Uyghur Arrived in US Cites Deportations, Frozen Assets in Pakistan as Impetus For Asylum Bid


2019-08-07
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uyghur-ablikim-yusup-us-arrival-aug-2019-crop.jpg Ablikim Yusup (2nd from right) speaks with reporters and rights groups after his arrival at Washington's Dulles International Airport, Aug. 6, 2019.
RFA

A Uyghur man facing deportation to China from Qatar last week said Wednesday that his decision to flee Pakistan was prompted by claims that nine members of his ethnic group had been forcibly returned home from the South Asian nation, where he ran a company with ties to a Beijing-backed infrastructure plan.

Ablikim Yusup, 53, arrived safely in the U.S. on Tuesday with the help of U.S. Embassy officials after initially trying to reach Europe by way of Bosnia, which refused him entry because his special China travel document—papers issued by China’s Ministry of Foreign Affairs to people who are legally defined as Chinese citizens for their travel to China and other countries—was not recognized there.

He was sent last week to Qatar, which then said it would deport him to Beijing, according to media reports, prompting him to appeal for days for help on social media posts from Qatar’s Doha International Airport, saying that he feared for his safety if sent back to China.

A day after arriving in Washington, Yusup told RFA’s Uyghur Service that despite being a resident of Pakistan, where he lived with his wife and young son, and running a successful import and export business that received contracts related to Beijing’s Belt and Road Initiative (BRI) overseas infrastructure project, he feared that he was in danger of being deported to China, where he could face persecution.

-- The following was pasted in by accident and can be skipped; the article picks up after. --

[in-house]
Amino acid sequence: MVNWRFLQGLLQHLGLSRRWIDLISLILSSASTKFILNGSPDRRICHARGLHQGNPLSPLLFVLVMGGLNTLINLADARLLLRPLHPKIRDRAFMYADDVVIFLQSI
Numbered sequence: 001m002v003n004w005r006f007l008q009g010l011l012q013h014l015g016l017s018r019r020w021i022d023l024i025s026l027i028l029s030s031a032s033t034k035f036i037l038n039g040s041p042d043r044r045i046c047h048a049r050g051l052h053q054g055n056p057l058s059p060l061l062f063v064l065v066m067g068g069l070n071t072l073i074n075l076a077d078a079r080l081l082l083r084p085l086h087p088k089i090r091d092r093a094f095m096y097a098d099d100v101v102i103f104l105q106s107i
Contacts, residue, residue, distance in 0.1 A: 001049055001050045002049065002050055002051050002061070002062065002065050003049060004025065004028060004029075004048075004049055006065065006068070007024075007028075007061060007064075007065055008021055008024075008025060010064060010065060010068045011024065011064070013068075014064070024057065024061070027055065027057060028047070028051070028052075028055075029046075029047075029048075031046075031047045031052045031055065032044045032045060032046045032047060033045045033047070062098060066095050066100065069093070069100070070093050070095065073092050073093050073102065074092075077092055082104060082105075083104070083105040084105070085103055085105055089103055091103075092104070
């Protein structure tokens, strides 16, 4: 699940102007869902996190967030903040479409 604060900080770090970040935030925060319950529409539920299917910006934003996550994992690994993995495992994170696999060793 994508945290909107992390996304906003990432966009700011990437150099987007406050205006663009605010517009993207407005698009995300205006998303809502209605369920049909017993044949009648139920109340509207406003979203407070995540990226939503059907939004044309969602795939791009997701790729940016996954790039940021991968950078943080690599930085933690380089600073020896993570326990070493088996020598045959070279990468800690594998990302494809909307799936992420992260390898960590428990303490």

“There were a lot of Uyghurs in Pakistan, and some started to disappear,” he said.

“I knew a Pakistani man who took me to his friend’s place for business. There were others there, and one of them was a former or current military official in plainclothes. After I was introduced as a Chinese citizen from [China’s Xinjiang Uyghur Autonomous Region (XUAR)], he spoke in Urdu, assuming that I didn’t understand, and said that Pakistan had just recently deported nine Uyghurs to China.”

According to Yusup, the military official said that deporting Uyghurs from Pakistan to China was “easy.”

“He said, ‘We just round them up by holding them by their necks, and China pays for it [deporting them],” Yusup told RFA.

“I was shocked, and thought they might come for me soon, so I started to keep a low profile.”

Yusup said he also recently learned that his assets had been frozen, presumably at the order of Beijing.

“I did a lot of work related to the BRI, but they had no honor,” he said, apparently referring to Chinese officials who had contracted his company.

“They froze my bank accounts in Pakistan and with the Bank of China. They are shameless. But it is OK because as long as I remain alive, there is hope.”

Another factor Yusup said had influenced his decision to flee Pakistan was that several Pakistani women had married Han Chinese living in the country who pretended to be Muslim, only to find out they had lied, and that this had led to animosity against all Chinese citizens.

“The locals did not know the difference between [Han] Chinese and Uyghurs—they would just call all of us Chinese and started to hate us,” he said, adding that the atmosphere in Pakistan had become such that “I could not go outside freely.”

Uyghurs in Pakistan